WWE Payback 2015 Results

The WWE roster delivered an action-packed PPV at Payback on Sunday night, perhaps knowing NXT is bringing the same on Wednesday ...

With the next WWE NXT special airing on WWE Network later this week (Wednesday at 8 p.m.), the main roster felt like it knew the pressure was on and it delivered on Sunday night with the WWE Payback 2015 pay-per-view.

Something about the show just felt different. There was more intensity, more drama. Everyone brought their A-game, sort to speak.

Credit Sheamus and Dolph Ziggler for setting the tone. As soon as the show went on the air, Ziggler and Sheamus delivered a fast-paced, super-hard-hitting match which resulted in Ziggler reportedly getting 10 stitches in his head following a headbutt spot. Ziggler, who was apparently busted open the hard way (legit), showed what blood can do to a match, but only if it’s done in moderation. WWE has a strict no-blading policy, so wrestlers purposely getting blood, as was common in the late-’90s and even into the early-2000s, is a big no.

Brock Lesnar at WrestleMania was cut open after his head hit the ring post. Ziggler again last night. Those are perhaps the only two times in more than a year that a WWE match has had a serious amount of blood involved. Blood isn’t necessary, but look at the reaction when it was present. Because we don’t see it often, the live crowd was on the edge of their seats. The viewers at home were on Twitter losing their minds over the amount of crimson that had masked Ziggler’s face. His blonde hair had turned a bright shade of red.

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It added intensity.

I don’t think WWE needs to go back to an environment where there is blood spilled on every show, but if a rivalry is intense enough that it calls for it, they’re professionals. “Blading” shouldn’t be abolished, but it should be used in extreme moderation (once, maybe twice per year). Blood in pro wrestling can be an enhancement, but not a regular theme.

The action then just kept rolling, full steam ahead.

The Tag Title match was fast paced and action packed. The audience, both at home and in the building, had little time to breathe. There was constantly something happening on this show.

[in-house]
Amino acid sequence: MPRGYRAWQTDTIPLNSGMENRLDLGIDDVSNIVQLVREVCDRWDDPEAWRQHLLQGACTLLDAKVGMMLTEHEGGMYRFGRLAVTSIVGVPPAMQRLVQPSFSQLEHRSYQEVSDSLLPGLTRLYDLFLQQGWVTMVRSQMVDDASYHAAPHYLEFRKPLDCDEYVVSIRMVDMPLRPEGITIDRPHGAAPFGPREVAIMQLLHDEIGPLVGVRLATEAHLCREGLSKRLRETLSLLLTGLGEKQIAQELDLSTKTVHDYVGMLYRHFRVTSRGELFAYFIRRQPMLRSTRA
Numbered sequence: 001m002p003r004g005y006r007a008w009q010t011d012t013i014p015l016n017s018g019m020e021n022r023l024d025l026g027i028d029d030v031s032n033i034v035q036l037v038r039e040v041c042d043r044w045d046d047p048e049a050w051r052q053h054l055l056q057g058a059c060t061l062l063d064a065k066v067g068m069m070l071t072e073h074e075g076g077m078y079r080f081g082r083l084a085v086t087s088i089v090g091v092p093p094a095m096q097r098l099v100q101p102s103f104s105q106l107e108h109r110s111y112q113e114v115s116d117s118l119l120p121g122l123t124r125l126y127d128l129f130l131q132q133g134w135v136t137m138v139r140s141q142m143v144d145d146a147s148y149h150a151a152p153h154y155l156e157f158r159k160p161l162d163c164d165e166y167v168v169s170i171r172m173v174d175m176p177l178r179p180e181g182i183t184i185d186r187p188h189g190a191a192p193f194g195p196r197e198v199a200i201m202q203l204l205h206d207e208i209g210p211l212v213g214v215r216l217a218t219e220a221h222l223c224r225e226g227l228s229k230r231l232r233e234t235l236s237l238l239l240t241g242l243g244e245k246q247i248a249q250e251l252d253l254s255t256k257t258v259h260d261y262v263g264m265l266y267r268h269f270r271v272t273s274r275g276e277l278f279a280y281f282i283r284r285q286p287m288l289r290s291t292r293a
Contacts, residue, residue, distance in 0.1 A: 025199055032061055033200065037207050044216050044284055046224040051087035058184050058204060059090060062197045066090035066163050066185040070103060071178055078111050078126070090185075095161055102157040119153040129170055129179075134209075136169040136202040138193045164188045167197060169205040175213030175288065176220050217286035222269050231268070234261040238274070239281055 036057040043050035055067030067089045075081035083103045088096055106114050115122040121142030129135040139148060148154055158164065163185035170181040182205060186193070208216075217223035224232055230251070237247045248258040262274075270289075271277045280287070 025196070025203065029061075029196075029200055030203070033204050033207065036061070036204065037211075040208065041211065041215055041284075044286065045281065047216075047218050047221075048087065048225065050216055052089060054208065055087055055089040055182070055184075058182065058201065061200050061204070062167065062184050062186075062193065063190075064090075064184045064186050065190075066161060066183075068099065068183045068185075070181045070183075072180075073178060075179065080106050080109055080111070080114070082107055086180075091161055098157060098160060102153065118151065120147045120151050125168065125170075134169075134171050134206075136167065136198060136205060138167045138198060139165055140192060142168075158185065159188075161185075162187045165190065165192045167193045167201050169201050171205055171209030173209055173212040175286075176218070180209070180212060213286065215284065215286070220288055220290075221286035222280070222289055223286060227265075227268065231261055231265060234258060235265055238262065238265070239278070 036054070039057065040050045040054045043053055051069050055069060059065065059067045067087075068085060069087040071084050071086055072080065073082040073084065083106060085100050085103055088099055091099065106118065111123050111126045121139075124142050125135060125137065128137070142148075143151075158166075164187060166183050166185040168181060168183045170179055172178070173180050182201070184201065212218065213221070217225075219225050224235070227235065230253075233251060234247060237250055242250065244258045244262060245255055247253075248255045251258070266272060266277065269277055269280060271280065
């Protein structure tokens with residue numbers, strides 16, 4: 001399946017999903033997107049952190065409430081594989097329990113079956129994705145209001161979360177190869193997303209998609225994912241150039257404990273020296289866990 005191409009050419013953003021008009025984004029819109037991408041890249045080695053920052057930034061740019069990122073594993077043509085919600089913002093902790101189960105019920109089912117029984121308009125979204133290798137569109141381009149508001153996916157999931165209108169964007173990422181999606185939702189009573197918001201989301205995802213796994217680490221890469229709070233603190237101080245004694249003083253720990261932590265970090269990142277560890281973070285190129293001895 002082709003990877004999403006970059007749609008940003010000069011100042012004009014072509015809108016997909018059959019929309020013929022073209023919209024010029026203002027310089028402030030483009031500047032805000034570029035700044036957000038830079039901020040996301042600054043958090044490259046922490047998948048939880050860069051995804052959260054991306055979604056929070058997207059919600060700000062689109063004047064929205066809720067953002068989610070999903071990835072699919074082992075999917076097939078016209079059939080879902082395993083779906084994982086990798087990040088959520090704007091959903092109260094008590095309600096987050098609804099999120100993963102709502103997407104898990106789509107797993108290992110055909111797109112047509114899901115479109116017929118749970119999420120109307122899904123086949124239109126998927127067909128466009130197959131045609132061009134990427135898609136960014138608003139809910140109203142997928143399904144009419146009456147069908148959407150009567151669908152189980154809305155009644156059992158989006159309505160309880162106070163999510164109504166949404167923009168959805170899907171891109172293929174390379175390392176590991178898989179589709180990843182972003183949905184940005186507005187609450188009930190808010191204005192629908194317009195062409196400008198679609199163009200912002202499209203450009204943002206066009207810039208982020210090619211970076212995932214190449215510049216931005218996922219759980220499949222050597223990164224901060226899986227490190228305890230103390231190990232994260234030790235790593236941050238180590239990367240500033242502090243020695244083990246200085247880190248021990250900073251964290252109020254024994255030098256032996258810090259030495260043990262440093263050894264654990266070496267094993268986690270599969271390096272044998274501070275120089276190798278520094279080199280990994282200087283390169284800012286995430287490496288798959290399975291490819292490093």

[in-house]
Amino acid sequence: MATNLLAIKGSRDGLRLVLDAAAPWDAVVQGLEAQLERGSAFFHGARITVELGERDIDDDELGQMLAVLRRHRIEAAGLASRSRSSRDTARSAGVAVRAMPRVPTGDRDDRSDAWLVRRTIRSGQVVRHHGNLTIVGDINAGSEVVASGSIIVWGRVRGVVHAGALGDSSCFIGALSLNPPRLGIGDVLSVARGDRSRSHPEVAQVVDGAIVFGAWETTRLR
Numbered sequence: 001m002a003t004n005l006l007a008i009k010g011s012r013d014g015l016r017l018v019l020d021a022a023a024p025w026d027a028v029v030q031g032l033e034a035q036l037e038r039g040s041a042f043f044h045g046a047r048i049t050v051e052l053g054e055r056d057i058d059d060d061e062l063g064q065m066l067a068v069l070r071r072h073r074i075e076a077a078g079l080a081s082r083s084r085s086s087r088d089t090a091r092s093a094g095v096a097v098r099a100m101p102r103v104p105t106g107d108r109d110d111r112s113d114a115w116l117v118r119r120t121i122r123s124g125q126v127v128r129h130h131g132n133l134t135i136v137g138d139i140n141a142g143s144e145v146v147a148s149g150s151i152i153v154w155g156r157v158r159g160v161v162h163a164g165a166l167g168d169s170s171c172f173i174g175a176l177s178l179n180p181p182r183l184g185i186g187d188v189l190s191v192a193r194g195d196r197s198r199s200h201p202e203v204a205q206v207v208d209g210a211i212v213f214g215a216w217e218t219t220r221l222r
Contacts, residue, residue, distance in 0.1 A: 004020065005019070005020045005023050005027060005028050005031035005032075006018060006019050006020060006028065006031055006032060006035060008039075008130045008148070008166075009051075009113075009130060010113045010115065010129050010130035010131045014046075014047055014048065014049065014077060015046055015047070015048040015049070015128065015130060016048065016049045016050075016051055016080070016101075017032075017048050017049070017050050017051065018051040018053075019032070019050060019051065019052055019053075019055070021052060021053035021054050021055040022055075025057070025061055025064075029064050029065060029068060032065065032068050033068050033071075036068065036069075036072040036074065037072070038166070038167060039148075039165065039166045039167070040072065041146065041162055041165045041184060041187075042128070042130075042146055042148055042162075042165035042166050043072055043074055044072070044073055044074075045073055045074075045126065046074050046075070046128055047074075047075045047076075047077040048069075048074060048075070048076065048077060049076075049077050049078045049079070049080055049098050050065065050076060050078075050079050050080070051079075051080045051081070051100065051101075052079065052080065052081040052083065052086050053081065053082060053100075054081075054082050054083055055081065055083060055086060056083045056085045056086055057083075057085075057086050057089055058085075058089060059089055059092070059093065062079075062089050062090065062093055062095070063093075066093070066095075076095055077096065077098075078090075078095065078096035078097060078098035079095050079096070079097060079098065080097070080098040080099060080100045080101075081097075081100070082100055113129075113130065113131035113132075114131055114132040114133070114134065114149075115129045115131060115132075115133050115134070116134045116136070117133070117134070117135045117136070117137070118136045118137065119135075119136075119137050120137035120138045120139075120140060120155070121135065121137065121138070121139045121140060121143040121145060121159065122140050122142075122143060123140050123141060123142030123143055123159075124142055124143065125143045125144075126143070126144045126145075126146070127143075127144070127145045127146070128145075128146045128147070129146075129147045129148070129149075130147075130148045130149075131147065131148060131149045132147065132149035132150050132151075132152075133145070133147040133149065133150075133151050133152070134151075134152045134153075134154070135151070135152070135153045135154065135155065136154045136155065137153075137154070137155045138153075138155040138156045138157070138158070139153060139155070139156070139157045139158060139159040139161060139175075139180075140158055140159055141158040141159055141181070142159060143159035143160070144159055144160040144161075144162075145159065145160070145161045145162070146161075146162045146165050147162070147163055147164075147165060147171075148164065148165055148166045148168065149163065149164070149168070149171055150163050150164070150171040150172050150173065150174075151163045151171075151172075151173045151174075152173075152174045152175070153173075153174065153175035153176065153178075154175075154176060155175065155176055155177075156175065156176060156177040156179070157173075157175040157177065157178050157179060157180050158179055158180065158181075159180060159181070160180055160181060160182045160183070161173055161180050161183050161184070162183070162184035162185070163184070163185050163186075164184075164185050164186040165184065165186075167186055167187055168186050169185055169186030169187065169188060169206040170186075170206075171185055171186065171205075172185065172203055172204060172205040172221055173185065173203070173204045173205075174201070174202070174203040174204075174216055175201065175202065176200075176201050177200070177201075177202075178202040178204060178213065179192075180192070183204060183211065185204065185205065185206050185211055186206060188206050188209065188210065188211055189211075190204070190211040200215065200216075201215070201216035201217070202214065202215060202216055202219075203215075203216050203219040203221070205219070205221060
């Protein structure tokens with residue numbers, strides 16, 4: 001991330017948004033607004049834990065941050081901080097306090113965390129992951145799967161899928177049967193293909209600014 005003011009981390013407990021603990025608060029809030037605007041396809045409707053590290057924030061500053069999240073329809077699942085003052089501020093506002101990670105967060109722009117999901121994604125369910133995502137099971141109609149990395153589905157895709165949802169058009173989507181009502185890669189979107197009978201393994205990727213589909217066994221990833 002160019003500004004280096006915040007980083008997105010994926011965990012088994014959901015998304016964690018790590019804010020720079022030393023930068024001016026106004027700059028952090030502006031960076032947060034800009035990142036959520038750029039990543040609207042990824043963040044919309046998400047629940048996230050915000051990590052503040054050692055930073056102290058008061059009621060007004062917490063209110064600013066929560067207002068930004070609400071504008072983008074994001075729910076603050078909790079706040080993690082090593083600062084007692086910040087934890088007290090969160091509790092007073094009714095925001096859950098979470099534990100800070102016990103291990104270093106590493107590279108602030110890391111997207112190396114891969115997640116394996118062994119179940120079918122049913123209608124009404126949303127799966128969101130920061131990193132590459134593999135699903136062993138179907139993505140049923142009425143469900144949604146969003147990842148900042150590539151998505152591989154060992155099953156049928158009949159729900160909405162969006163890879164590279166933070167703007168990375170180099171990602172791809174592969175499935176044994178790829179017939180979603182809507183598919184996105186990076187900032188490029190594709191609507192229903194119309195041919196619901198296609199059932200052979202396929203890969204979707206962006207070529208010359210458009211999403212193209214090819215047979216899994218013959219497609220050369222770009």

Bray Wyatt and Ryback wasn’t as fast paced, but brought a lot of brawling intensity. The Cena-Rusev I Quit match for the U.S. Title was both intense and somewhat innovative in how they pulled off the finish.

Any time Neville, who beat King Barrett by count-out, is on a show, you know there will be some flying, and the main event delivered in more ways than one.

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Seth Rollins’ teasing a reuniting of The Shield, where Rollins, Dean Ambrose, and Roman Reigns triple powerbombed Randy Orton through the announce table, drew the biggest response of the night from the crowd. It was only topped by the reaction of Ambrose and Reigns, and Rollins’ face when he realized the band was not back together.

Maybe it’s that the WWE roster knows that NXT is nipping at its heels. Every NXT show is critically acclaimed for its action. They say competition brings out the best in everyone. Part of me believes we saw that last night. NXT is going to bring it, and the WWE roster showed it wasn’t the only game in town.

Quick Strikes

1. I liked the finish of Cena-Rusev, but hated the commentary. There was one spot where Cena appeared to be unconscious. That left the commentary team wondering what would happen. Would Cena lose if he can’t physically say “I quit?”

Why can’t you lay out the rules beforehand…and if not, why wouldn’t the commentary team know the rules?

I know why it was there, it was there to add intrigue and to provide some extra emotion, but I thought it made the announce team look silly. Imagine Joe Rogan seeing something happen in a UFC fight, and not knowing the rule? He’d be fired, and rightfully so. It’s his job to know the rules, and inform the viewer. Same should apply here.

The answer should also be simple, at least in WWE’s universe. The first WWE I Quit match, that I can recall, was at WrestleMania 11 in Hartford between Bret Hart and Bob Backlund. It stemmed from the 1994 Survivor Series, where Bret lost to Backlund (Backlund won the WWF Title) in a submission match, after Owen Hart convinced Martha Hart, Bret’s mom, to throw in the towel. Davey Boy Smith was out cold on the outside. So the match was invented so that the wrestler needed to say “I quit.”

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A submission match and an I Quit match, at least in WWE’s universe, is not the same.

2. WWE announced that the Tag Team Championship would be defended in an Elimination Chamber match at Elimination Chamber on May 31. They didn’t specify how the match would work with the team concept, though.

3. WWE also announced that the Intercontinental Title would be decided at Elimination Chamber, also in an Elimination Chamber match.

Match Results

Pre. R-Truth def. Stardust

Pre. The Ascension def. Axel & Mandow

1. Sheamus def. Dolph Ziggler via pin

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2. Tag Team Title Match: The New Day [c] def. Cesaro & Tyson Kidd (2-1)

3. Bray Wyatt def. Ryback

4. U.S. Title Match: John Cena [c] def. Rusev

5. Naomi & Tamina def. The Bella Twins

6. Nevill def. King Barrett via count out

7. World Title Match: Seth Rollins [c] def. Randy Orton vs. Dean Ambrose vs. Roman Reigns

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The Finish

Overall, a really fun show. If you haven’t seen it, I’d recommend checking it out on WWE Network before Raw tonight. All of the matches were either good or great, and the crowd really made it feel like something special.